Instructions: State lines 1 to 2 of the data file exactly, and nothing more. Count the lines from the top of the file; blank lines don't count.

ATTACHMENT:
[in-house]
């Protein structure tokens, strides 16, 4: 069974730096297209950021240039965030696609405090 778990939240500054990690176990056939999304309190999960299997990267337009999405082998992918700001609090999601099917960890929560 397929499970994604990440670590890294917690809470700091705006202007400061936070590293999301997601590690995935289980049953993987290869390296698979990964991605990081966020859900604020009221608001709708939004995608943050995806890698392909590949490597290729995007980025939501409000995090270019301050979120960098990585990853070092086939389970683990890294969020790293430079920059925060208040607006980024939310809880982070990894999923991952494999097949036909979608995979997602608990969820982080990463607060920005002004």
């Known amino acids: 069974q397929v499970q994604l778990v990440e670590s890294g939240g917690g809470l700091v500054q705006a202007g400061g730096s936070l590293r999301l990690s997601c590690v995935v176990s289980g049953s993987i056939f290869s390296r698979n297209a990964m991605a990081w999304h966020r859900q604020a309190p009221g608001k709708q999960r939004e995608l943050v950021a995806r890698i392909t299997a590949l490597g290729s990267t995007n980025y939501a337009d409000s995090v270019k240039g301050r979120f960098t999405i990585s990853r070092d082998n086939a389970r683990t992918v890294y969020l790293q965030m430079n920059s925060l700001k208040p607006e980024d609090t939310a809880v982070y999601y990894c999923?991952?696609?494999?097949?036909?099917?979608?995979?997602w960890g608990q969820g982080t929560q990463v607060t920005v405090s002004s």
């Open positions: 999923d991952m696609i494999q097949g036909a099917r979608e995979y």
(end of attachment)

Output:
[in-house]
């Protein structure tokens, strides 16, 4: 069974730096297209950021240039965030696609405090 778990939240500054990690176990056939999304309190999960299997990267337009999405082998992918700001609090999601099917960890929560 397929499970994604990440670590890294917690809470700091705006202007400061936070590293999301997601590690995935289980049953993987290869390296698979990964991605990081966020859900604020009221608001709708939004995608943050995806890698392909590949490597290729995007980025939501409000995090270019301050979120960098990585990853070092086939389970683990890294969020790293430079920059925060208040607006980024939310809880982070990894999923991952494999097949036909979608995979997602608990969820982080990463607060920005002004």